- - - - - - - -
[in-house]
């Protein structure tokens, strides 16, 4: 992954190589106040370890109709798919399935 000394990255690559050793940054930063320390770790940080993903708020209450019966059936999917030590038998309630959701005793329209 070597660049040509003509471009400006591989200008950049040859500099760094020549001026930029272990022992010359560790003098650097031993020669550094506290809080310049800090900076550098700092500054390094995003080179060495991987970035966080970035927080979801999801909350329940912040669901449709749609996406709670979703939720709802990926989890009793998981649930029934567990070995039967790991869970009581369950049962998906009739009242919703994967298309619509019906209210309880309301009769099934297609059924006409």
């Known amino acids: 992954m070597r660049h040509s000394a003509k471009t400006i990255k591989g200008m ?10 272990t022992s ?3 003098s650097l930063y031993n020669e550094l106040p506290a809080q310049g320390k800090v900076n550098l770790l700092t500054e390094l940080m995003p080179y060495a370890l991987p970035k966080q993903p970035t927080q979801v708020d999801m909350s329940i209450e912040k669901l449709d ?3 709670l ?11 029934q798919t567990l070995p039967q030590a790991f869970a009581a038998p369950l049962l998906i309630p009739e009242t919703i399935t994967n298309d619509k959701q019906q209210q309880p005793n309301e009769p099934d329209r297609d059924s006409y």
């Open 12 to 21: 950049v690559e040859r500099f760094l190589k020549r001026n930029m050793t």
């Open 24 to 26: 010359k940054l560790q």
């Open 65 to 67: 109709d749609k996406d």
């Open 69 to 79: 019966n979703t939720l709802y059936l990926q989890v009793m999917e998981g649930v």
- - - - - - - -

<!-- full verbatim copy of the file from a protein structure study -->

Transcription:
[in-house]
């Protein structure tokens, strides 16, 4: 992954190589106040370890109709798919399935 000394990255690559050793940054930063320390770790940080993903708020209450019966059936999917030590038998309630959701005793329209 070597660049040509003509471009400006591989200008950049040859500099760094020549001026930029272990022992010359560790003098650097031993020669550094506290809080310049800090900076550098700092500054390094995003080179060495991987970035966080970035927080979801999801909350329940912040669901449709749609996406709670979703939720709802990926989890009793998981649930029934567990070995039967790991869970009581369950049962998906009739009242919703994967298309619509019906209210309880309301009769099934297609059924006409």
């Known amino acids: 992954m070597r660049h040509s000394a003509k471009t400006i990255k591989g200008m ?10 272990t022992s ?3 003098s650097l930063y031993n020669e550094l106040p506290a809080q310049g320390k800090v900076n550098l770790l700092t500054e390094l940080m995003p080179y060495a370890l991987p970035k966080q993903p970035t927080q979801v708020d999801m909350s329940i209450e912040k669901l449709d ?3 709670l ?11 029934q798919t567990l070995p039967q030590a790991f869970a009581a038998p369950l049962l998906i309630p009739e009242t919703i399935t994967n298309d619509k959701q019906q209210q309880p005793n309301e009769p099934d329209r297609d059924s006409y």
């Open 12 to 21: 950049v690559e040859r500099f760094l190589k020549r001026n930029m050793t």
């Open 24 to 26: 010359k940054l560790q």
């Open 65 to 67: 109709d749609k996406d």
């Open 69 to 79: 019966n979703t939720l709802y059936l990926q989890v009793m999917e998981g649930v």